[doublepost=1482475377][/doublepost]
iPhones sure get a lot of headlines for this, yet I have yet to see a single one for an Android phone .... "FBI seeks Google's help to crack an Android" ... so I'm curious what the state of this is? Some distributions easy to crack, some more secure? I suspect that is the case.

To be honest , personally as a iPhone user, I don't care. I'm more interested about my own privacy and not deflecting debates about the other guys problems.
 
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fs454

macrumors 68000
Dec 7, 2007
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Crazy that this article and its source are so descriptive about the immense personal data they can harvest, but then in one tiny sentence at the end it says this all can only come from a phone older than a 5S and with no passcode set at all.

What? Who cares then? Just have a phone newer than one that came out in 2012, or have a passcode and they can't get anything. Business as usual.
 
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Powermax

macrumors regular
Aug 11, 2006
228
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iPhones sure get a lot of headlines for this, yet I have yet to see a single one for an Android phone .... "FBI seeks Google's help to crack an Android" ... so I'm curious what the state of this is? Some distributions easy to crack, some more secure? I suspect that is the case.
It varies for Android because it depends on the manufacturer. Some are pretty easy (hello Samsung), others are more difficult to get into. As of now, almost all Android phones are not fully encrypted, so there's pretty much always a way to extract data even if the process sometimes might be a little bit more... extensive. But this is currently changing as devices which come with Android 7 out of the box are encrypted which will be a challenge. iPhones have been fully encrypted for some time now and Android is getting to that level just now.
 
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Wowereit

macrumors 6502a
Feb 1, 2016
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Actually, all that information you see here is contained in an iTunes backup. All Cellebrite's software does is perform an iTunes backup and examined the included data. Basically you could do the same with some third party iTunes Backup tool. Their software just does it in a more advanced way tailored to law enforcement.

Timeline just takes every event with a timestamp and puts in a chronological order. So for example you can see that the subject received a WhatsApp message at time X, had an outgoing call at X+1, did some web browsing at X+2 and so on.

Step 1: Use iPhone backup routine
Step 2: include some password bypasses for older iOS versions
Step 3: write in the fine print that it's useless for encrypted devices (which are probably over 80% of iPhones)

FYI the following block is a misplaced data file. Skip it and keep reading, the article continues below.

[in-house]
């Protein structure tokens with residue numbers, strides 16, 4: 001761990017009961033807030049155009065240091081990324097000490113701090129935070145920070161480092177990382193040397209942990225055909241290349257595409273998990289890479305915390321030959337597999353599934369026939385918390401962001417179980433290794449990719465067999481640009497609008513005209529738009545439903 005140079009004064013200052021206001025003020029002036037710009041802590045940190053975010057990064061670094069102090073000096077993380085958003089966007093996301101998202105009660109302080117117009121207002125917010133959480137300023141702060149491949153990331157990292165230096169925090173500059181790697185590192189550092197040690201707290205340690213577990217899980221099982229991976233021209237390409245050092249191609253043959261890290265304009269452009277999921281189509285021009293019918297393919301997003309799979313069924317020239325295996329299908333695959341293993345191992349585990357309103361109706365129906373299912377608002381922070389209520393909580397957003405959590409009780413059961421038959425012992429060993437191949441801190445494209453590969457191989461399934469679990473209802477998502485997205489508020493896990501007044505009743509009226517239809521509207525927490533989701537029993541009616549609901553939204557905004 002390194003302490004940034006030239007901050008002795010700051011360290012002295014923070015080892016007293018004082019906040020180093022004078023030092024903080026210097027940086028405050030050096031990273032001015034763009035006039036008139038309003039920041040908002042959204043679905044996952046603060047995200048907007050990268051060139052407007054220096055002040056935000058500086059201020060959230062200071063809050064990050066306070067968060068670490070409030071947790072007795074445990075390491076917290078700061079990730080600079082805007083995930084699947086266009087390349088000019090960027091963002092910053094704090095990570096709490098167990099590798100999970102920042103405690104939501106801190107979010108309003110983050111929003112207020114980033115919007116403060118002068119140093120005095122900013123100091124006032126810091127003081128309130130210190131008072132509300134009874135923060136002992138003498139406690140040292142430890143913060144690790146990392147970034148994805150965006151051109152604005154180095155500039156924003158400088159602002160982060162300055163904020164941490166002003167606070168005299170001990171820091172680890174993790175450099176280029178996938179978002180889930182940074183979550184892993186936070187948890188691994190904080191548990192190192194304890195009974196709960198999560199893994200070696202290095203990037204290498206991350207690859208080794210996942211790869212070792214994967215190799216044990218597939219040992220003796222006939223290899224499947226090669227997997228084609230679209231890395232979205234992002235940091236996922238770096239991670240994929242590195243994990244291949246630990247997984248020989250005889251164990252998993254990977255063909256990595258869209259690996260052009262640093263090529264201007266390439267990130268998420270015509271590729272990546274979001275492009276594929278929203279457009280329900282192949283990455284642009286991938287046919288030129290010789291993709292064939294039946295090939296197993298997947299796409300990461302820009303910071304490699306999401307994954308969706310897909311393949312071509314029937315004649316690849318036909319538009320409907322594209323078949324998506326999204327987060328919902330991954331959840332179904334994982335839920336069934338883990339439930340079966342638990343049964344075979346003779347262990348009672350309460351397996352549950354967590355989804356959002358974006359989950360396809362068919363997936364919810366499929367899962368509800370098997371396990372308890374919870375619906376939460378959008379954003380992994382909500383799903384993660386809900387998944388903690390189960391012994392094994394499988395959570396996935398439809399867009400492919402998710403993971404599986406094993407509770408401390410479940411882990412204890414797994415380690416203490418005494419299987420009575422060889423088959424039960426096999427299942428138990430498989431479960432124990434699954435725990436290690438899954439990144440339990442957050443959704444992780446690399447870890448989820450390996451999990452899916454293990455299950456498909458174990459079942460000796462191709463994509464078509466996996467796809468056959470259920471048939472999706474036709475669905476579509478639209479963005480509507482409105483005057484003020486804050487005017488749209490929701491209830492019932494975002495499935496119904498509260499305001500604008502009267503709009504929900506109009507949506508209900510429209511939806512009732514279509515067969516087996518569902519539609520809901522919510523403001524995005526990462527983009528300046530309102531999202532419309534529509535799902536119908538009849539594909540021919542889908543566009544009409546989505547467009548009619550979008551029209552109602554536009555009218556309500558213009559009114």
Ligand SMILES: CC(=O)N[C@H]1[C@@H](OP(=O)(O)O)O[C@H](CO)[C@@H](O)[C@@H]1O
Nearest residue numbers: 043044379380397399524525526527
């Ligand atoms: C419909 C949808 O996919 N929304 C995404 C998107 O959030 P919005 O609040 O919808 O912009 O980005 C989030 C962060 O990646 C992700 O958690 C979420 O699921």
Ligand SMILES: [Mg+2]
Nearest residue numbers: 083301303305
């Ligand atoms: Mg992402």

Step 4: get millions from governments all over the world for useless crap

Now you know where tax money is going
 
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Floris

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Sep 7, 2007
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I came here with a different comment, but then I read that this is a discussion of political and/or religious nature, so that totally changed the tone for me. Sorry, i will refrain from posting then - I was focussed on it being about Apple. Sorry.
 
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0098386

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I guess we'll see Apple release an update that includes a "do not perform an iTunes backup without entering passcode" or something similar.
 
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Powermax

macrumors regular
Aug 11, 2006
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That is already the case today. You'll need to unlock your iPhone first before you can perform a backup. Without unlocking the iPhone, you cannot confirm the "trust" dialog on the phone and therefore the device doesn't start a data connection with a new computer.

The exception here, of course, is if it's your own computer and your iPhone has not been restarted.
 
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EdT

macrumors 68020
Mar 11, 2007
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Security is one of the reasons why I have stayed with Apple the last few years, despite what I feel is a misplaced priority of thinness over product features or battery life.

It wouldn't surprise me that governments like the US, Russia, China, Israel and some others have cracked that security. They have access to the best people and crypto-technology and funding is not an issue. But if they share how to crack technology with other governments or businesses then 2 things will happen:

  1. Someone will leak that there is a way to crack security for a device and
  2. Someone will fix that security flaw.
That's always been the case. Companies and countries have thought that their systems were secure but as long as people are an important link in the security chain a system can be hacked. Apple (apparently) is doing a much better job securing their system than any other company is doing currently for commercial non military devices.